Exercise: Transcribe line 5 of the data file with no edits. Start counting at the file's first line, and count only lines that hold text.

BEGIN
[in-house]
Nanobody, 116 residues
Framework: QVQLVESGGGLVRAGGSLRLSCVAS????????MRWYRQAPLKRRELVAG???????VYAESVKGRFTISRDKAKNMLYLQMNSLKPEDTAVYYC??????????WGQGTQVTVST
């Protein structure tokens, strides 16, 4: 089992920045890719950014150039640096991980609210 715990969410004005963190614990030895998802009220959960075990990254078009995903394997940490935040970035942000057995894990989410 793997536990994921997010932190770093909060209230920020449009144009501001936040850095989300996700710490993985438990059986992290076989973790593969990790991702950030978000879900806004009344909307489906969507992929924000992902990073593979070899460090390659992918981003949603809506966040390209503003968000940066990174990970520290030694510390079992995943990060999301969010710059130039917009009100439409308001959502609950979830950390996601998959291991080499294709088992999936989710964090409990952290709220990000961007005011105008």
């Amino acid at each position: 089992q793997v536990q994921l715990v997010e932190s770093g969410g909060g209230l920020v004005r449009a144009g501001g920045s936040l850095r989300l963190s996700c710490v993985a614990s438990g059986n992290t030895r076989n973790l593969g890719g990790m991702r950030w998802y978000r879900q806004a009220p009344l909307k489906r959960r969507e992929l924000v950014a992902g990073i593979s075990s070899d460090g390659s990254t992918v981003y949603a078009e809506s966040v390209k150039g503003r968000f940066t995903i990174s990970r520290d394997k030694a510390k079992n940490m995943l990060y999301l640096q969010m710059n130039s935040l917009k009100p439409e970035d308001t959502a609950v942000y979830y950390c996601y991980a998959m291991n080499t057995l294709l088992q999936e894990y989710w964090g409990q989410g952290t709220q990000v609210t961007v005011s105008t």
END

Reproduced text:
């Amino acid at each position: 089992q793997v536990q994921l715990v997010e932190s770093g969410g909060g209230l920020v004005r449009a144009g501001g920045s936040l850095r989300l963190s996700c710490v993985a614990s438990g059986n992290t030895r076989n973790l593969g890719g990790m991702r950030w998802y978000r879900q806004a009220p009344l909307k489906r959960r969507e992929l924000v950014a992902g990073i593979s075990s070899d460090g390659s990254t992918v981003y949603a078009e809506s966040v390209k150039g503003r968000f940066t995903i990174s990970r520290d394997k030694a510390k079992n940490m995943l990060y999301l640096q969010m710059n130039s935040l917009k009100p439409e970035d308001t959502a609950v942000y979830y950390c996601y991980a998959m291991n080499t057995l294709l088992q999936e894990y989710w964090g409990q989410g952290t709220q990000v609210t961007v005011s105008t």